New data has discovered that a minute percentage of data breaches closed by the Information Commissioner’s Office (ICO) since the GDPR came into force have resulted in monetary punishments.

According to research from personal data security platform Digi.me, of 11,468 self-reported data breach cases handled by the ICO between May 25 2018 and the end of March 2019, just 29 penalties were handed out – a percentage of 0.25% – and none of them have been under the GDPR but rather the previous Data Protection Act, 1998.

The data, obtained by Digi.me under the Freedom of Information Act, also showed that 37,798 data protection concerns have been raised by members of the public since the GDPR came into force. That figure is almost three-times the number of actual data breach cases investigated by the ICO since May 25 2018.

Julian Ranger, founder of digi.me, said: “There is a clear problem with individuals and businesses over-reporting to the ICO. This data demonstrates the extent to which the ICO is inundated by concerns from businesses and the public, the vast majority of which are not serious enough for any kind of penalty or even to warrant an investigation.”

Digi.me’s analysis of the data revealed that the sectors with the most self-reported data breach cases include health, education and finance. The sensitive nature of the data collected by these sectors will only heighten existing concerns about personal data usage, Digi.me said.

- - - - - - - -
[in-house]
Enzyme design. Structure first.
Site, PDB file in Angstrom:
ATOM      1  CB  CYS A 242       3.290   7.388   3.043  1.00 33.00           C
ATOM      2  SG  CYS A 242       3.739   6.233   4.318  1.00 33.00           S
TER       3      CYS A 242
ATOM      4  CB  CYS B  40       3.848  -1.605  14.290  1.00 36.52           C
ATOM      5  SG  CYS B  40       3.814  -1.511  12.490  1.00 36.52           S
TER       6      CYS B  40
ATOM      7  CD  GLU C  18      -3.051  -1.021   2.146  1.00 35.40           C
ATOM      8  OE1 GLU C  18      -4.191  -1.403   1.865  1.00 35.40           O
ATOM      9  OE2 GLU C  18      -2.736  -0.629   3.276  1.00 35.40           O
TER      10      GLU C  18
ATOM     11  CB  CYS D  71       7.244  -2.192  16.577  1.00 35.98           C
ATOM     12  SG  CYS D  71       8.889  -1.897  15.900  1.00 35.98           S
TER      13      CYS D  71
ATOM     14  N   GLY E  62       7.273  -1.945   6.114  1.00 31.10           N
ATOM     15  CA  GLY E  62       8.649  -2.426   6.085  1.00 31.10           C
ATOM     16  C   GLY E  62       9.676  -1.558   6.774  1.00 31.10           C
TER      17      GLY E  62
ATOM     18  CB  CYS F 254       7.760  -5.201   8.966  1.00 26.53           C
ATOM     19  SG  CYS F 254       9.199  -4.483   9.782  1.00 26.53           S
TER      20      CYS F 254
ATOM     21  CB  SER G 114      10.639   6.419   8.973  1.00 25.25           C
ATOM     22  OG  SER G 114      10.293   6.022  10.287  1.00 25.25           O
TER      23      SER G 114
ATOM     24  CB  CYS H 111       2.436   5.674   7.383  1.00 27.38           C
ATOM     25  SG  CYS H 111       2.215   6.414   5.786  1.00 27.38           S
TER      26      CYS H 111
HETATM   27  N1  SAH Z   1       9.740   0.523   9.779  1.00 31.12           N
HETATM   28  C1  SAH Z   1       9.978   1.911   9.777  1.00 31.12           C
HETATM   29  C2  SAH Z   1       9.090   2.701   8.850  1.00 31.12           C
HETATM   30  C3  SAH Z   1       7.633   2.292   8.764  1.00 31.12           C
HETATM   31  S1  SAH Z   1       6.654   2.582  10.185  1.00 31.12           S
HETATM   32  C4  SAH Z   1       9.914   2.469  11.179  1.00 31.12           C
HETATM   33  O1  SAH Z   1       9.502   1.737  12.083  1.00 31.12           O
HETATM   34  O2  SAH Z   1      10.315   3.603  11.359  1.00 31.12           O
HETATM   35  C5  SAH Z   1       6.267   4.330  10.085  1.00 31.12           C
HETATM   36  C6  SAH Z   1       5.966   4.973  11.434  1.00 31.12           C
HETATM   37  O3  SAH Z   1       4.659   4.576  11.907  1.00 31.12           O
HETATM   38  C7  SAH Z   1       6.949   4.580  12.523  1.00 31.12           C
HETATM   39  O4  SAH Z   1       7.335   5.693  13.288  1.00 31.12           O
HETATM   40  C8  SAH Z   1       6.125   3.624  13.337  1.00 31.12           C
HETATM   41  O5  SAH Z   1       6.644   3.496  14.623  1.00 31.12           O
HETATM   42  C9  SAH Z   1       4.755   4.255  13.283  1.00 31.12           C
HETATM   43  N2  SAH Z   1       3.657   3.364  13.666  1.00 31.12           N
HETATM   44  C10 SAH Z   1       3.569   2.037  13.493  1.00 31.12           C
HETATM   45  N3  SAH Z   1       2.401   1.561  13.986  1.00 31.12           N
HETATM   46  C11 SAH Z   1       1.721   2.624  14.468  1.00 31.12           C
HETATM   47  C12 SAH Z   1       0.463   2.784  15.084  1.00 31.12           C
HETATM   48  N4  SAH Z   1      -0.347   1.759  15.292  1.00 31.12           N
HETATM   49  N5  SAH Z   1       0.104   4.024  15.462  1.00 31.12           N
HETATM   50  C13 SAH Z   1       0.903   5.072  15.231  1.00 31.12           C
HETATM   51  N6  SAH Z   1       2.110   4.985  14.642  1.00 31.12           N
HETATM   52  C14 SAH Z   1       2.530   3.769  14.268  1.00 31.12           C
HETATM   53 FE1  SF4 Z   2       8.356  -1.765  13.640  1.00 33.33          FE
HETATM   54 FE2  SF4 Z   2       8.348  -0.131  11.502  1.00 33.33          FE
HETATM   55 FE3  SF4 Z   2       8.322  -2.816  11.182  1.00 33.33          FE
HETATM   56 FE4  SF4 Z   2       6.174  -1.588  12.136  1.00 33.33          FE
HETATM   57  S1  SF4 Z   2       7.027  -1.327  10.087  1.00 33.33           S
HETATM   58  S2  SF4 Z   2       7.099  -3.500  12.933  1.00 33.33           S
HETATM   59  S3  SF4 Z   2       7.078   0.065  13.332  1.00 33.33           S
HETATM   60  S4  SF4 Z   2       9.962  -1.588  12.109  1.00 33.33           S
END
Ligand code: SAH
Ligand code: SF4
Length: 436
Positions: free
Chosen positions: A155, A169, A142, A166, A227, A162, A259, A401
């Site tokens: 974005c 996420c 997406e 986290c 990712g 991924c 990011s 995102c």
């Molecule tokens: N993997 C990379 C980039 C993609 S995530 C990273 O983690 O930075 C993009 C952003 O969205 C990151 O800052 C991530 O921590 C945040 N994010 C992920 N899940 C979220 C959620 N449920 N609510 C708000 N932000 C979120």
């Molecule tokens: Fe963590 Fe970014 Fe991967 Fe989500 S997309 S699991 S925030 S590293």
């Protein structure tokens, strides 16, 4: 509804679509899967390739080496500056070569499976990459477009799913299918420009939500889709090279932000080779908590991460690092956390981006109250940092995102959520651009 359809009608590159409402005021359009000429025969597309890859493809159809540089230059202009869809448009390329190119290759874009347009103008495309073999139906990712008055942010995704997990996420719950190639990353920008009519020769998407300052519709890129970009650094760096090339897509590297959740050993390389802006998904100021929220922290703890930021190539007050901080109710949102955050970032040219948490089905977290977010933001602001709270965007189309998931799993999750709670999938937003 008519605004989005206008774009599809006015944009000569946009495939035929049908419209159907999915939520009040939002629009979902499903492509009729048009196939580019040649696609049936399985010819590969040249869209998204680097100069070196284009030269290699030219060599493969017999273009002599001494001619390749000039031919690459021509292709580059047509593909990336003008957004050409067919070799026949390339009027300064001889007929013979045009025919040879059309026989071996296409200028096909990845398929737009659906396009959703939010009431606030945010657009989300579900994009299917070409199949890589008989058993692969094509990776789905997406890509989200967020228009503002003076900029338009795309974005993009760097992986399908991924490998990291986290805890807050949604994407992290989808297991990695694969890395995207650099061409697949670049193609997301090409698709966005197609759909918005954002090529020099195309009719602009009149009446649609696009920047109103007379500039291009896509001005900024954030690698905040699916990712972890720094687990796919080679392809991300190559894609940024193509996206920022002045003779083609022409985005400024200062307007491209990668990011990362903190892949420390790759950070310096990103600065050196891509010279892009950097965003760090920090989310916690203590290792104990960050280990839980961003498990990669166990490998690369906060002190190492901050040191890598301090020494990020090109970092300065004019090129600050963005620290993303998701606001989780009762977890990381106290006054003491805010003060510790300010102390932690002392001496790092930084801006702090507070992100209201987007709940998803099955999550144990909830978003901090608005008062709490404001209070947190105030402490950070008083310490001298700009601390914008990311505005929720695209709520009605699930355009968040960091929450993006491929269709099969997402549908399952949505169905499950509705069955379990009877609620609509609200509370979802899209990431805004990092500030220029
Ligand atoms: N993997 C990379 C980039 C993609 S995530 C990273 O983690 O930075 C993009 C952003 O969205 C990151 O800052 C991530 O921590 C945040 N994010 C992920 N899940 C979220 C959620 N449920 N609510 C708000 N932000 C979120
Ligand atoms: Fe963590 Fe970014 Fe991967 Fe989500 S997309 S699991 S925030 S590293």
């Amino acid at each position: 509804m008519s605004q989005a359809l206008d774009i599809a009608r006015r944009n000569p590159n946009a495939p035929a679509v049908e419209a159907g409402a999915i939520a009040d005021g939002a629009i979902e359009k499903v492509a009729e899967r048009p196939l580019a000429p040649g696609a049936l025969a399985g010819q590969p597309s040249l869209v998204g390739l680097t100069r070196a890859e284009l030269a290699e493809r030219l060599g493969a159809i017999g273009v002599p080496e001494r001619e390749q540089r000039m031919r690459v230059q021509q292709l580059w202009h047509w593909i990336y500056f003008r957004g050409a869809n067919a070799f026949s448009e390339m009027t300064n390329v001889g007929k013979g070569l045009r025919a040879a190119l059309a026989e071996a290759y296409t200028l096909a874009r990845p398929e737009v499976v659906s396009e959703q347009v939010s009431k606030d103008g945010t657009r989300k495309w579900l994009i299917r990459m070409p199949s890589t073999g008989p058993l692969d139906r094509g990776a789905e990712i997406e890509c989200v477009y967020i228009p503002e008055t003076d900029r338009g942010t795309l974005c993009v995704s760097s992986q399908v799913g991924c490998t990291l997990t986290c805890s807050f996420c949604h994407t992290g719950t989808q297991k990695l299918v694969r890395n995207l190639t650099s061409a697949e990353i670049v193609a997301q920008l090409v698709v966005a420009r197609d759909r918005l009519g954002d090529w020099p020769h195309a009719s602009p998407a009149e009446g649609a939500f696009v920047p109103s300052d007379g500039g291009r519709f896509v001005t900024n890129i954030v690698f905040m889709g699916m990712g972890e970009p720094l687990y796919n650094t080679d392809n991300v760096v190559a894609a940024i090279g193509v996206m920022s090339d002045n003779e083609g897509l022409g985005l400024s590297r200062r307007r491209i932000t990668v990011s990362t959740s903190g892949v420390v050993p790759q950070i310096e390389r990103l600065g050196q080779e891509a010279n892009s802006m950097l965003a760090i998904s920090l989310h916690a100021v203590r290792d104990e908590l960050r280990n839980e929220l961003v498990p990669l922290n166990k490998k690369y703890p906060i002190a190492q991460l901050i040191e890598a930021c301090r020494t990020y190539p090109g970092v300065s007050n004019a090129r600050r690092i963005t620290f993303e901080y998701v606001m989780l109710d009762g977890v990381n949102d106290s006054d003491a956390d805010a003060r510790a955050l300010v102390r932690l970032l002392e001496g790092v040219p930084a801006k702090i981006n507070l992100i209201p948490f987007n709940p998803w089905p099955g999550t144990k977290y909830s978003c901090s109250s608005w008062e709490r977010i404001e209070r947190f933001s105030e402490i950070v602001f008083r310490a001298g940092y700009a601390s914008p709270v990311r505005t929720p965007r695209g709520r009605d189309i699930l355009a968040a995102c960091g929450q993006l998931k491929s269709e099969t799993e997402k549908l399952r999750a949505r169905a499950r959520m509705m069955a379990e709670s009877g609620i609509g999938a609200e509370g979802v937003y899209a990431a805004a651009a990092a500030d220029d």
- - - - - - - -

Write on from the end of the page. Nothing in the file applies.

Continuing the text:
Ranger continued: “Businesses and individuals are clearly unsure what constitutes a serious breach of sensitive data. There is no public confidence that personal data is being handled responsibly – any organization that collects personal data should put an informed consent process in place, which has the double benefit of putting individuals back in control of their personal data while also being fully compliant with regulation.”

Jake Moore, cybersecurity specialist at ESET, added: “With data breaches being at an all-time high, organizations need an extra push to get their ducks in a row. The lack of monetary penalties is only going to discourage those companies that are making all the internal changes required to comply with GDPR laws while others are having their cake and eating it too. The appropriate level of enforcement is required to make the needle move; therefore the ICO must practice what it preaches.” 

However, an ICO spokesperson said: “We are a proportionate and pragmatic regulator, our work is not just about fines – we prefer education to enforcement but will take our strongest action against those that wilfully, negligently or consistently flout the law.”

Source: Infosecurity Magazine

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